Sunday, March 18, 2007
On the face of it, it's fairly light work to demonstrate that people have a right to defend themselves, and that such defense can include violence. This much can be proven, even to a liberal. There is no shortage of resources within the liberal tradition to draw on, actually. If you are a natural rights liberal, Locke will tell you about the right of people to resist a tyranny, for "the Society can never, by the fault of another, lose the Native and Original Right it has to preserve it self". The right of rebellion is implicit in Machiavelli too. If you are an all-American liberal, there is the "indubitable, unalienable, and indefeasible right to reform, alter, or abolish" any government, albeit one based on an inadequate majoritarian premiss. If you are an habitué of the sacred halls of the United Nations, then that omneity already recognises "the legitimacy of the struggle of the peoples under colonial and alien domination to exercise their right to self-determination and independence by all the necessary means at their disposal". And if, heaven help you, you are the sort of person who is into Just War theory, then you have no excuse, for all the conditions that obtain to make a Just War also hold in the case that we're talking about. Self-defense is the classical, unequivocal case of a Just War (albeit determining what is self-defense and what is not is far from straightforward).
There is also the elementary consideration that to deny a people the right to self-defense by all necessary means is either to insist upon an abhorrent and perverse acceptance of any scale of oppression up to an including annihilation, or to demand that any resistance that does take place is limited to strictly passive, unarmed means, however well armed and uncompromising the oppressor might be. Note that as yet we have had nothing to say about the violent or non-violent means that might be used, or than the stipulation of necessity: by any means necessary. This should be a case that pro-war liberals could assent to: it doesn't commit one to cheering on beheadings and car bombings in civilian areas. It simply recognises the legitimacy of self-defense against any form of tyranny, and a military occupation is such. It would seem incongruous, and solipsistic in the extreme, for them to insist that Iraqis accept the violent invasion of their society by hundreds of thousands of armed men under the command of a polity whose motives they can only guess at, based on their experience of war and sanctions, and which most of the world including their neighbours have drawn unfavourable conclusions about. Why should Iraqis be expected to accept benign assumptions about the occupying powers simply because some Western liberals have? It is one thing to claim that such an occupation is really a humanitarian relief operation, but quite another to insist that all Iraqis should share that view and if they do not, then they should acquiesce in the occupation, restricting themselves only to passive, unarmed means of resistance. And when those hundreds of thousands of armed men and their political masters begin to destroy the society's infrastructure, set up new prisons and torture camps, seal off towns and villages with barbed wire, break down doors in the middle of the night, bomb housing estates, shoot up passing cars and fire on protesters, it is the height of imperial arrogance to insist that, nevertheless, resistance by force is out. Indeed, if one still insisted on hoping for the success of the occupation, it would seem minimally appropriate to say to the politicians whom one supports that the people who are resisting are only human beings, it is the fault of the occupiers, and it is incumbent on them as the aggressor to find a peaceful settlement, ultimately to their disadvantage.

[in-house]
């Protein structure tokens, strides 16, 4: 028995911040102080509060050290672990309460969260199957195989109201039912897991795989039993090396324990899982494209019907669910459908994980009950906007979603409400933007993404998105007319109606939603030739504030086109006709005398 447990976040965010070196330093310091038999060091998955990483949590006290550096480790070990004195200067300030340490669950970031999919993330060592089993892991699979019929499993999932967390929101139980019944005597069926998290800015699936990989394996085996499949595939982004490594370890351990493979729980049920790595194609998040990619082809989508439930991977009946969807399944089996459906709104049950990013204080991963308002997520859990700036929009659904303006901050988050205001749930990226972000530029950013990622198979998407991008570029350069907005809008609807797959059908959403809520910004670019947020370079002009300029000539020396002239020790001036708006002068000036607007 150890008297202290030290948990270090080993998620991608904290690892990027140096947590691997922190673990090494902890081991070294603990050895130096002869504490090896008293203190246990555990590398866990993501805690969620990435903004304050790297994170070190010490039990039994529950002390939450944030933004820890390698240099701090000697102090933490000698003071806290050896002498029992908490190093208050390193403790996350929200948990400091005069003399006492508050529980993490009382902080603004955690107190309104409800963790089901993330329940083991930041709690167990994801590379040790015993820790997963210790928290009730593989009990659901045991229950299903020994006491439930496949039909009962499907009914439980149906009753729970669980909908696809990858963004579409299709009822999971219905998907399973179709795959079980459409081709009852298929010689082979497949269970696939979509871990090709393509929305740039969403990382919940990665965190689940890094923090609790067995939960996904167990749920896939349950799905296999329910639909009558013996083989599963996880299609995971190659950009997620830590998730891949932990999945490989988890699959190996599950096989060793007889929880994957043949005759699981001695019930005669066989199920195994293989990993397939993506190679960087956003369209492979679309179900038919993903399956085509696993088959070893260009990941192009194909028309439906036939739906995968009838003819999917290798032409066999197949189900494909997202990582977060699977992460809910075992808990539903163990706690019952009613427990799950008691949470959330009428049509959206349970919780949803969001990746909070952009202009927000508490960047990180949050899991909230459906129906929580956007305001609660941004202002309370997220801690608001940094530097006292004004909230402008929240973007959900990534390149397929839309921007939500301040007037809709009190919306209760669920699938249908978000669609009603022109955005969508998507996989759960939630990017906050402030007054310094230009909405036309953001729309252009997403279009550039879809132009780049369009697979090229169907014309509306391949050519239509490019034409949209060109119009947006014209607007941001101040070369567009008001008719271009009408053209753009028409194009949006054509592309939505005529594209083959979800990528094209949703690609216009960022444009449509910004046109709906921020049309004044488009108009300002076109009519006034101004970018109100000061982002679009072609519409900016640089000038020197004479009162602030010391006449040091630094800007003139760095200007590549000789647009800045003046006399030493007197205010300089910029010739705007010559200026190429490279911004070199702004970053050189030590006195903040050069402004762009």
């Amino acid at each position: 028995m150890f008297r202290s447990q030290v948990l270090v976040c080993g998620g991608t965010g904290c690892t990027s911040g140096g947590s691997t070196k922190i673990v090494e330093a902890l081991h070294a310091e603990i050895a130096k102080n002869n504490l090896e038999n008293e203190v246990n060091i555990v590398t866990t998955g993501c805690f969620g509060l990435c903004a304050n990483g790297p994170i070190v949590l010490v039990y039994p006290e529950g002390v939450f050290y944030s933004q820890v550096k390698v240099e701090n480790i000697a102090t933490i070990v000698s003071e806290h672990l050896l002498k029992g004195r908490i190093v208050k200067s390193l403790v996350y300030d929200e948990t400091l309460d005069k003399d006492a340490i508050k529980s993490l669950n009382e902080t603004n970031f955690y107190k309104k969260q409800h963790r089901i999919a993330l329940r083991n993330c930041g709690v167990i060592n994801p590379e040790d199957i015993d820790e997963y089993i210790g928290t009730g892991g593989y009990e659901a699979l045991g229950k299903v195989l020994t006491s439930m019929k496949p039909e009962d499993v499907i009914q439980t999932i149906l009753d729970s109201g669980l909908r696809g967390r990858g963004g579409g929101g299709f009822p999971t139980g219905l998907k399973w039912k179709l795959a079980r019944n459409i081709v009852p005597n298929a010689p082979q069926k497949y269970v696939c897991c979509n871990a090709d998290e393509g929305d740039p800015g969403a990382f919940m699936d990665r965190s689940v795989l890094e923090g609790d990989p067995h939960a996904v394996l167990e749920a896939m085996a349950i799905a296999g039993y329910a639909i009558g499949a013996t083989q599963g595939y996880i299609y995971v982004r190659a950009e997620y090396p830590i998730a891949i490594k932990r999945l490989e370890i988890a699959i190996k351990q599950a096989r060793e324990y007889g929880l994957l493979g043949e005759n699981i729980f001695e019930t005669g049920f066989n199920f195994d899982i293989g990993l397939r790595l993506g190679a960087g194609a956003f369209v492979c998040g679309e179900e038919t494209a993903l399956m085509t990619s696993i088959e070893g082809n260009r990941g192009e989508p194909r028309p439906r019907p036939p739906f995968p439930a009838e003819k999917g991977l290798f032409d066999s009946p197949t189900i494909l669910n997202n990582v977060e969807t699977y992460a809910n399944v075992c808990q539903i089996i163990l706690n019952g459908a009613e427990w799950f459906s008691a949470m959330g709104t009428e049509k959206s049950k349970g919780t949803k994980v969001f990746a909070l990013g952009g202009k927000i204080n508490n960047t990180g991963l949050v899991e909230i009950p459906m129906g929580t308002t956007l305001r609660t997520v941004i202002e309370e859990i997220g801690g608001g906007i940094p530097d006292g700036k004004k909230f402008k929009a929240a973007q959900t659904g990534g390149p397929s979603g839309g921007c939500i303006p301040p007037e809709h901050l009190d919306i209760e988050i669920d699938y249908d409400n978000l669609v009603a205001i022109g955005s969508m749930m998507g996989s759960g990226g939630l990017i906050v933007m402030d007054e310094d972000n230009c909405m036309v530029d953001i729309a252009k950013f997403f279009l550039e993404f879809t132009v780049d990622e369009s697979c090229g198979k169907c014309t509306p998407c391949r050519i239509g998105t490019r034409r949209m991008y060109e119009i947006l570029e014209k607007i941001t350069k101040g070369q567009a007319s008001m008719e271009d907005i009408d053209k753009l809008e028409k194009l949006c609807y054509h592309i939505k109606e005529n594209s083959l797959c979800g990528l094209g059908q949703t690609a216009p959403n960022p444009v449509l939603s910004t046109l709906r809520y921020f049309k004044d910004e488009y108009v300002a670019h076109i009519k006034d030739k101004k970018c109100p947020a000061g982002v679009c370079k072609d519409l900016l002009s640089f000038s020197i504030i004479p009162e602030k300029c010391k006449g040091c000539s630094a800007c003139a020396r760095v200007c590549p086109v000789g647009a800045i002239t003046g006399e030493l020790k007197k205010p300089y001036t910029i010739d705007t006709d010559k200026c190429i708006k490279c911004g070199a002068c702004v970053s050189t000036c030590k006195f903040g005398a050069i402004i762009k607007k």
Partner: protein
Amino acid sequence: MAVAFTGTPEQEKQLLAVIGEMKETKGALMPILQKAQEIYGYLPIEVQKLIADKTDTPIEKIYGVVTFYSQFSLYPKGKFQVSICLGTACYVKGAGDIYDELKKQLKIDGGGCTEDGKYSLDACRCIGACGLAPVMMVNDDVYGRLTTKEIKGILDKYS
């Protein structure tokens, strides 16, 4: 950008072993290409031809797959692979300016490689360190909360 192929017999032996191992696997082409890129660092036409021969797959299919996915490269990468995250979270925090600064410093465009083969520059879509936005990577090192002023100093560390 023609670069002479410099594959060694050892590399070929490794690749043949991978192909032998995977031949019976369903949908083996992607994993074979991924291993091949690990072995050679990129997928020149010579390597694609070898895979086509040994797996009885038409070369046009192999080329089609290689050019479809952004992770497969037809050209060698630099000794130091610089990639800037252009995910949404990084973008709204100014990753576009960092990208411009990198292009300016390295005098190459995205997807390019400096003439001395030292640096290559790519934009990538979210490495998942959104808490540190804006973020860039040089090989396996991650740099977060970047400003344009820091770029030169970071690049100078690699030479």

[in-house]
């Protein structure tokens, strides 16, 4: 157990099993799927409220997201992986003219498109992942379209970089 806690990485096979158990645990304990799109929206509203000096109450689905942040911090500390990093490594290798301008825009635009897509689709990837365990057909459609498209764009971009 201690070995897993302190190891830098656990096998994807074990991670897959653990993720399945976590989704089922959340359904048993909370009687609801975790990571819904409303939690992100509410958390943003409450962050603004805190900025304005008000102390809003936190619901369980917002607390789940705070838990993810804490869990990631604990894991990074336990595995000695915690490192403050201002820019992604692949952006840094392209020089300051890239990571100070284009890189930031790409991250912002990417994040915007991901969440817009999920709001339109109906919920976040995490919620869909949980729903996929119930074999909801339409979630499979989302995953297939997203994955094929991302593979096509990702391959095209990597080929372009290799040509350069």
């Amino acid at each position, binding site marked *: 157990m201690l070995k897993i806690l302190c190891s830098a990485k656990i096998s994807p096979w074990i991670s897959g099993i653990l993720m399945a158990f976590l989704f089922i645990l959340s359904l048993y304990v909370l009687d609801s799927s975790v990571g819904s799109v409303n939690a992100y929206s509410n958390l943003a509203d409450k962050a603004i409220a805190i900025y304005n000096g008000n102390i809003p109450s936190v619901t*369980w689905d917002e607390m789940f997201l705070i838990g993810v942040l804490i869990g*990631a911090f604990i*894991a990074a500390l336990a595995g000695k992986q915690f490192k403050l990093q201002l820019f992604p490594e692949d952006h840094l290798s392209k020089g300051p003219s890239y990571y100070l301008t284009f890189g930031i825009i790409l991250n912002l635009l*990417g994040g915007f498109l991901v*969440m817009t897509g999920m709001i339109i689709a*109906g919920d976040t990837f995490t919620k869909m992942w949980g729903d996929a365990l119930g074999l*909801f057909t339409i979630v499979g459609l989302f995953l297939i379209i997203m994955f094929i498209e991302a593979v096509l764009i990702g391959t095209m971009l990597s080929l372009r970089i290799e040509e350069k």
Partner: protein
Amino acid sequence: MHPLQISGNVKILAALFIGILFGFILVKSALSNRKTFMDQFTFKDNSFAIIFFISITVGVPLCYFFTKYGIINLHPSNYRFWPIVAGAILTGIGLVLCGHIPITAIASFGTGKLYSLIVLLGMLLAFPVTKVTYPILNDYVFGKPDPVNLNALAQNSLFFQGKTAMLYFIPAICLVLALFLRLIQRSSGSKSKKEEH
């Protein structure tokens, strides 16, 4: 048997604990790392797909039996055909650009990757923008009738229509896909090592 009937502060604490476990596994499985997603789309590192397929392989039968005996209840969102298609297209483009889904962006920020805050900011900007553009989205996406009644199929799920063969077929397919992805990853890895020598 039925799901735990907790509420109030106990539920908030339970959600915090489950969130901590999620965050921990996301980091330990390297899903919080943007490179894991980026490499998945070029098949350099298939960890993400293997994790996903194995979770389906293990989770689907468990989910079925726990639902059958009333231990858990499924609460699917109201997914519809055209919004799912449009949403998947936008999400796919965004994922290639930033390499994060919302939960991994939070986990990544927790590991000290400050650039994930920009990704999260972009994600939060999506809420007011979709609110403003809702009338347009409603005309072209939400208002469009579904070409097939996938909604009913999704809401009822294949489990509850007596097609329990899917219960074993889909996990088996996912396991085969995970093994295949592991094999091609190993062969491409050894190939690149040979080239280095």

That it is possible to see a struggle as legitimate and natural without endorsing all the methods used in it, indeed while entertaining highly critical thoughts about it, is simple enough to prove. As an example, I give you Norman Geras on 'Our Morals: The Ethics of Revolution', which cites the instance of South Africa (this was written in 1989) as a clear instance of the legitimacy of revolt as a case of self-defense. More broadly, there is "a right of revolution against tyranny and against any bastion of
grave social injustice, including capitalist forms of it." Geras is here doing what he usually did - he engaged with liberal traditions with the hope of enriching the marxist one (with mixed results). So, he takes an instance of revolt that as many non-marxists can support as possible: that in South Africa aimed at overthrowing a system of racist apartheid. Yet resistance, being co-determined by the system it is aimed against, is ugly: